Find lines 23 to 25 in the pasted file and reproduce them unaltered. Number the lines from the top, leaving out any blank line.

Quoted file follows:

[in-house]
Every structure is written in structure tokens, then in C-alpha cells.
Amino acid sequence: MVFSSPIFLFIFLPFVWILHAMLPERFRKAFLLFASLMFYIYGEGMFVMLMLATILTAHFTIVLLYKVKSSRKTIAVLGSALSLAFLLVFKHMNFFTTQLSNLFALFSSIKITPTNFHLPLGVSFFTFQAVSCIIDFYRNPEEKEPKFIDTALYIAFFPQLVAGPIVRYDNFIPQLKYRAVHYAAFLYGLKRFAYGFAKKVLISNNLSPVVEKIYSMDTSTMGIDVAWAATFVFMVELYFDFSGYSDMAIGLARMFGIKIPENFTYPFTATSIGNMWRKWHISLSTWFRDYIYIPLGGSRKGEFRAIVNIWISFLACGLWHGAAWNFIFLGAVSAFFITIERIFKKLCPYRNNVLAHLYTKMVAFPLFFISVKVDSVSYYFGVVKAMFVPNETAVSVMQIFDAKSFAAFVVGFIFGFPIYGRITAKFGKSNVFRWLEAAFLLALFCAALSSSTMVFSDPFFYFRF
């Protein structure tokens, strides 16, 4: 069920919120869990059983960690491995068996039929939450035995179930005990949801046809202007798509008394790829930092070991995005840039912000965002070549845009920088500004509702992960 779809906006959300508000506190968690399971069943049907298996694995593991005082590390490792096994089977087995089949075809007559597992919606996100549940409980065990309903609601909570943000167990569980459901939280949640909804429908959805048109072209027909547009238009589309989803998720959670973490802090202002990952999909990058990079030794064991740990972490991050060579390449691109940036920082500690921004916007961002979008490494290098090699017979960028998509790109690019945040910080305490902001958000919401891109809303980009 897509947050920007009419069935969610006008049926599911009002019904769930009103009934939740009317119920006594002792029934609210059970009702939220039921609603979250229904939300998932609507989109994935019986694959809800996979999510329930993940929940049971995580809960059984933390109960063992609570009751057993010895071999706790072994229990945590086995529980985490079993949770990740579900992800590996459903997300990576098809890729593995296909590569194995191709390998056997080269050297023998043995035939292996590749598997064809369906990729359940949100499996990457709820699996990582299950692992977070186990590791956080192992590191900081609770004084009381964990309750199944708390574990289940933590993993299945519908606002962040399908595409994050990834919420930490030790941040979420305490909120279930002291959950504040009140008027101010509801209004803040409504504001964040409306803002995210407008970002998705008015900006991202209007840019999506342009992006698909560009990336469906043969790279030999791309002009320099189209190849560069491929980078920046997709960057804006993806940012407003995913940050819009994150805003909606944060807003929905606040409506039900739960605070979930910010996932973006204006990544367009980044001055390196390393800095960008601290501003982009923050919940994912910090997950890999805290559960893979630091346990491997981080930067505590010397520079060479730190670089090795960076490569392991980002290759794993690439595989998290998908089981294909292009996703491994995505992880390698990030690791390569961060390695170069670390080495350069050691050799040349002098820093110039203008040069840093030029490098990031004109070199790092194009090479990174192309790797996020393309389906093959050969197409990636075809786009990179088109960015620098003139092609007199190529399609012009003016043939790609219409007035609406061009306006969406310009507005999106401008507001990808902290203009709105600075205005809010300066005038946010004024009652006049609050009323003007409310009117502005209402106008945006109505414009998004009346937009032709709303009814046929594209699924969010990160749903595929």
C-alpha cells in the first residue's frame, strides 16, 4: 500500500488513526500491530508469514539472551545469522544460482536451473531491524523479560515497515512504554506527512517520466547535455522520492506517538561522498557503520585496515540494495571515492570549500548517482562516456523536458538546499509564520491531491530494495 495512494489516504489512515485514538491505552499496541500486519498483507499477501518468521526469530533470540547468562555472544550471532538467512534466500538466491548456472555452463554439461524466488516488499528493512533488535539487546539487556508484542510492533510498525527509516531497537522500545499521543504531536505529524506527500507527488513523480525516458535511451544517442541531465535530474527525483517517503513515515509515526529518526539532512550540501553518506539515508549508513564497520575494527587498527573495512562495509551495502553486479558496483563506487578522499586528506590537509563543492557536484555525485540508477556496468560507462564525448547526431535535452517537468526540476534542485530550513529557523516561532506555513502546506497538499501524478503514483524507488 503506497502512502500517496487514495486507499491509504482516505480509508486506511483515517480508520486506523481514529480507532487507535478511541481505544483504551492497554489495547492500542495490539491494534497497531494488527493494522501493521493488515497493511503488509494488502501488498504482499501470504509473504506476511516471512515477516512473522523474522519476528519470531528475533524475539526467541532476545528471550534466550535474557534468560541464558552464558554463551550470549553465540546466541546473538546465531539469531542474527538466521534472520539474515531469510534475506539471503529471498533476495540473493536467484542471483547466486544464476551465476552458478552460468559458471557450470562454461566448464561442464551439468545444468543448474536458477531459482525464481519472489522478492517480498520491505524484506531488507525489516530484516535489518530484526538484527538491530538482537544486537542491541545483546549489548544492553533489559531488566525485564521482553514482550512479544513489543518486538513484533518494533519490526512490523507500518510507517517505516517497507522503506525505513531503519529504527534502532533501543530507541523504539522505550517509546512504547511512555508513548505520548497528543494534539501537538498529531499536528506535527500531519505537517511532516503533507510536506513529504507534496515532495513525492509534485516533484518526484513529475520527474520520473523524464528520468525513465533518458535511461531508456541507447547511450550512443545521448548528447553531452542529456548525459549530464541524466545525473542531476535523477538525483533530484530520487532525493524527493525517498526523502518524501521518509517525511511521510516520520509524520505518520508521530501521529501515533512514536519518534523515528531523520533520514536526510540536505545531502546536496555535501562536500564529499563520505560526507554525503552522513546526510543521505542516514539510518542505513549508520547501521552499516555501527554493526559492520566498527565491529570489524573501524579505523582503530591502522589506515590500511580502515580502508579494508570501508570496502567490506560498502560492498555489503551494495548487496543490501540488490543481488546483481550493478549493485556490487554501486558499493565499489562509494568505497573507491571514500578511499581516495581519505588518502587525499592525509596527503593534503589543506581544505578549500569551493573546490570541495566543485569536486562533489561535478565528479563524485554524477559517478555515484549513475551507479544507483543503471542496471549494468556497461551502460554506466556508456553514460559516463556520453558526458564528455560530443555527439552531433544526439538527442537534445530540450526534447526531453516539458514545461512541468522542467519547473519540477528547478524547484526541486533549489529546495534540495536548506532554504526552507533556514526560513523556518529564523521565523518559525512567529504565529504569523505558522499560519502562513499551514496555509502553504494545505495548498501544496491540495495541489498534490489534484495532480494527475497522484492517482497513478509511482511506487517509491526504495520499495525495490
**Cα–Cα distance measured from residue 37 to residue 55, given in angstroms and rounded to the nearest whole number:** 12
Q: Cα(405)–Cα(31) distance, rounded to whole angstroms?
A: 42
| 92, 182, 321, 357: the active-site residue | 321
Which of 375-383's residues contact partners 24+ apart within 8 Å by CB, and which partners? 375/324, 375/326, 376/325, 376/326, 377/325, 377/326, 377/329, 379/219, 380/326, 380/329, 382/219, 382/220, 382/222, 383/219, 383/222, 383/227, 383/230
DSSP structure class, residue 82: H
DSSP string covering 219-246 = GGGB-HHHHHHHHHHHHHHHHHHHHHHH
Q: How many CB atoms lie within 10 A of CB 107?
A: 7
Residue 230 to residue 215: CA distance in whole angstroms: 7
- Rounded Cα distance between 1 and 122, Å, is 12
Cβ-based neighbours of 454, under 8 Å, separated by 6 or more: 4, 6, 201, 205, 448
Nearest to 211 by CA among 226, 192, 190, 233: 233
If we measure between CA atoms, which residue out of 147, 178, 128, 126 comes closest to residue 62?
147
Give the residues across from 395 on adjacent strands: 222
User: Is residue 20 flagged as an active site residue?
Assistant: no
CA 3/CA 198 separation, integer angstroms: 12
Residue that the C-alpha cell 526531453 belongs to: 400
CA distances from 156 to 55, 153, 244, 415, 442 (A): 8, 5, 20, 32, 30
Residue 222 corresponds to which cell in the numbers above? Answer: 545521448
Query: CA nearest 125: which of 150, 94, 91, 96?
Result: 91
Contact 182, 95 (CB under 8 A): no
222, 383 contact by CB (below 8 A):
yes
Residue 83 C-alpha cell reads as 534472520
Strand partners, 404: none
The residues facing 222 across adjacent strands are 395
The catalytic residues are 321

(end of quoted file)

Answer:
Assistant: no
CA 3/CA 198 separation, integer angstroms: 12
Residue that the C-alpha cell 526531453 belongs to: 400